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GxP is a general abbreviation for the "good practice" quality guidelines and regulations. The "x" stands for the various fields, including the pharmaceutical and food industries, for example good agricultural practice, or GAP.
A "c" or "C" is sometimes added to the front of the initialism. The preceding "c" stands for "current." For example, cGMP is an acronym for "current good manufacturing practice". The term GxP is frequently used to refer in a general way to a collection of quality guidelines.
The purpose of the GxP quality guidelines is to ensure a product is safe and meets its intended use. GxP guides quality manufacture in regulated industries including food, drugs, medical devices and cosmetics.
The most central aspects of GxP are Good Documentation Practices (GDP), which are expected to be ALCOA:
- Attributable: documents are attributable to an individual
- Legible: they are readable
- Contemporaneously Recorded: not dated in the past or the future, but when the documented task is completed
- Original or a True Copy
- Accurate: accurately reflecting the activity documented
- and Permanent,
The products that are the subject of the GxP are expected to be
- Traceability: the ability to reconstruct the development history of a drug or medical device.
- Accountability: the ability to resolve who has contributed what to the development and when.
GxPs require that a Quality System be established, implemented, documented, and maintained.
As explained above, documentation is a critical tool for ensuring GxP adherence. For more information, see good manufacturing practice.
Examples of GxPs
- Good agricultural and collection practices, or GACP(s)
- Good agricultural practice, or GAP
- Good auditing practice, or GAP
- Good automated laboratory practice, or GALP
- Good automated manufacturing practice, or GAMP
- Good business practice, or GBP
- Good cell culture practice, or GCCP
- Good clinical data management practice, or GCDMP
- Good clinical laboratory practice, or GCLP
- Good clinical practice, or GCP
- Good documentation practice, or GDP, or GDocP (to distinguish from "good distribution practice")
- Good distribution practice, or GDP
- Good engineering practice, or GEP
- Good financial practice, or GFP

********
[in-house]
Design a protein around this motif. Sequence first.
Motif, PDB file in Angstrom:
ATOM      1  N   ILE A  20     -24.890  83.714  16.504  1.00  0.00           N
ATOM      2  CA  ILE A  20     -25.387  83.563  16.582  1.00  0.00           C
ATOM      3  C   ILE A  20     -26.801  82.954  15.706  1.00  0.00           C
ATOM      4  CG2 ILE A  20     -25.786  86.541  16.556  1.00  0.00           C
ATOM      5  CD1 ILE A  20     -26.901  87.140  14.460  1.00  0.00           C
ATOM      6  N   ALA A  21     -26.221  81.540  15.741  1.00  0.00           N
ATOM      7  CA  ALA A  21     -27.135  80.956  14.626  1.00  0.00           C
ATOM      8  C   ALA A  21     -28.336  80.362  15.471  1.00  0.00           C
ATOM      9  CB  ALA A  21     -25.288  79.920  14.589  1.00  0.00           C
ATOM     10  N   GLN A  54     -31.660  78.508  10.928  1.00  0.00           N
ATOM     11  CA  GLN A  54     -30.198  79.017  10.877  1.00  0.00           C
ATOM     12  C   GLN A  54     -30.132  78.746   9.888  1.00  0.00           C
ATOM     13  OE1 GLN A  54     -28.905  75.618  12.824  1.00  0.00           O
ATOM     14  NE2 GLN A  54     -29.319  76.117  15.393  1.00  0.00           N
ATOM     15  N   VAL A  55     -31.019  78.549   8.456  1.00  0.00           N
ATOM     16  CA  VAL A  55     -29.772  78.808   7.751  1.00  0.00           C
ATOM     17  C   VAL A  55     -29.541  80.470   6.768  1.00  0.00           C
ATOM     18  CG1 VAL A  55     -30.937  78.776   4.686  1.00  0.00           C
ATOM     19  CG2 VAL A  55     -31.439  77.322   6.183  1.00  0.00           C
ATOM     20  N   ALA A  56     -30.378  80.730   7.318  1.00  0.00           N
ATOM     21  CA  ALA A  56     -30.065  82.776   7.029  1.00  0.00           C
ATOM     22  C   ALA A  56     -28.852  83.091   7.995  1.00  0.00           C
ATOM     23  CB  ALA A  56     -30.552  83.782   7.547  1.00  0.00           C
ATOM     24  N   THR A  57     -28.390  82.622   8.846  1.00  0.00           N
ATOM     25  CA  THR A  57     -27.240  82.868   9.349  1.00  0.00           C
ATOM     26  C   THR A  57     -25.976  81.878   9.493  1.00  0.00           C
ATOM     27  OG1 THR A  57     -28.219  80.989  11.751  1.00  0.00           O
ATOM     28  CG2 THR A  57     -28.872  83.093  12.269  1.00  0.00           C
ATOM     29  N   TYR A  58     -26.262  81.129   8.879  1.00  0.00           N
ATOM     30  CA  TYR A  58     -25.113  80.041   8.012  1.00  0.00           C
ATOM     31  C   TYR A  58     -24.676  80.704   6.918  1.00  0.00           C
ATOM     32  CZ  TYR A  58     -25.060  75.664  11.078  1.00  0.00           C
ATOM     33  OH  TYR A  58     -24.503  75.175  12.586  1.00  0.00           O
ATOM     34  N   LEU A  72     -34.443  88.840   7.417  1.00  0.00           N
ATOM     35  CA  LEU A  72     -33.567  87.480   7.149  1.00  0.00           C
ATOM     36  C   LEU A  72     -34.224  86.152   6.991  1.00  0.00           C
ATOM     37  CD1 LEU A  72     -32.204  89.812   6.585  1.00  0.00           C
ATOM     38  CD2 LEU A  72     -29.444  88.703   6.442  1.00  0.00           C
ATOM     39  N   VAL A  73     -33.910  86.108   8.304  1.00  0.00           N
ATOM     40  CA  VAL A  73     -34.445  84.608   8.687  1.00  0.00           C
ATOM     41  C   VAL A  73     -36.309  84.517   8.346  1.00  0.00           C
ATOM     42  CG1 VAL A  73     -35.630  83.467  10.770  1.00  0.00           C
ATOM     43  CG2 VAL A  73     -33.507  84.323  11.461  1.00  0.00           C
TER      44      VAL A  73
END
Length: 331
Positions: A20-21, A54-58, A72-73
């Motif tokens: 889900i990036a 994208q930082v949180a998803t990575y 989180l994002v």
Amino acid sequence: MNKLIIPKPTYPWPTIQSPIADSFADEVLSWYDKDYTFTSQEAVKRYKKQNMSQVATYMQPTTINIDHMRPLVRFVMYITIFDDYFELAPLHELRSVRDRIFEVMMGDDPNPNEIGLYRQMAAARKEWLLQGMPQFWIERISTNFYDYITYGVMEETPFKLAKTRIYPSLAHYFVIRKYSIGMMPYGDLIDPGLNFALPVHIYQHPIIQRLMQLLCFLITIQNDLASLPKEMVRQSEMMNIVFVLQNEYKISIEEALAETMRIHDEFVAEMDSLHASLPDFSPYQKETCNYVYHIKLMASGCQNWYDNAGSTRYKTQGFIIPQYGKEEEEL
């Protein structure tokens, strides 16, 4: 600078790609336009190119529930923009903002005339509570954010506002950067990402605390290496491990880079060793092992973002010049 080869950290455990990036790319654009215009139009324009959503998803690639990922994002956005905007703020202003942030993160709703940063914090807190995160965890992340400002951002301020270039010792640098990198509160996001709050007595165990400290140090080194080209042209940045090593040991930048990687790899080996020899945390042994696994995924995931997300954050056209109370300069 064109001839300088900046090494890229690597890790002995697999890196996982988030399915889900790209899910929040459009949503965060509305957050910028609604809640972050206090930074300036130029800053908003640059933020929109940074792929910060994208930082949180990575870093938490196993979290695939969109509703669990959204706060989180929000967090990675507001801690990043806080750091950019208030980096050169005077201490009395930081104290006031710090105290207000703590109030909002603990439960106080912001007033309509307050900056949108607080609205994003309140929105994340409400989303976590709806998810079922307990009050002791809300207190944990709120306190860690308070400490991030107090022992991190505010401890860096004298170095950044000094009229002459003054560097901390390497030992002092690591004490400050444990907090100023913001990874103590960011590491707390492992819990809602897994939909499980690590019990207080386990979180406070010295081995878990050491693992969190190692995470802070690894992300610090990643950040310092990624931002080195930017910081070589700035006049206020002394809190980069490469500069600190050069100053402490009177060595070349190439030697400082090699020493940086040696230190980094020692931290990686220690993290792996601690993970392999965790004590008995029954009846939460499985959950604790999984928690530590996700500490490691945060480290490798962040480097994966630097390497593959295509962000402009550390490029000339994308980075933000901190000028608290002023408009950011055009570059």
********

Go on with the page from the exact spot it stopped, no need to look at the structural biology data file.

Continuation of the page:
- Good guidance practice, or GGP
- Good horticultural practice, or GHP
- Good hygiene practice, or GHP
- Good laboratory practice, or GLP
- Good management practice, or GMP
- Good manufacturing practice, or GMP
- Good microbiological practice, or GMiP
- Good participatory practice, or GPP
- Good pharmacovigilance practice, or GPvP or even GVP
- Good pharmacy practice, or GPP
- Good policing practice, or GPP
- Good recruitment practice, or GRP
- Good research practice, or GRP
- Good safety practice, or GSP
- Good storage practice, or GSP
- Good tissue practice, or GTP
- Best practice
- European Medicines Agency (EMA)
- Food and Drug Administration (FDA)
- International Conference on Harmonisation of Technical Requirements for Registration of Pharmaceuticals for Human Use (ICH)
- Organisation for Economic Co-operation and Development (OECD)
- Validation (drug manufacture)
- Society of Quality Assurance The Society of Quality Assurance (SQA) is a professional group focused on GxP-regulated environments.
- ISPE - GAMP® Good Practice Guide: A Risk-Based Approach to GxP Compliant Laboratory Computerized Systems
- United States Environmental Protection Agency (1995). "Good Automated Laboratory Practices - Principles and Guidance to Regulations for Ensuring Data Integrity in Automated Laboratory Operations". U.S. EPA, Office of Information Resources Management. Retrieved 25 February 2012.
- K., Nitahara (March–June 1993). "Good Automated Laboratory Practices and other standards: validation of computer systems in the PC environment". Qual Assur. 2 (1–2): 96–101. PMID 8156229.
- Coecke S. "Guidance on Good Cell Culture Practice".
- Food and Drug Administration (2000). "Administrative Practices and Procedures; Good Guidance Practices". Archived from the original on 18 January 2009. Retrieved 10 April 2009.
- Food and Drug Administration. "Good Guidance Practices (GGP) Database". Archived from the original on 30 March 2009. Retrieved 10 April 2009.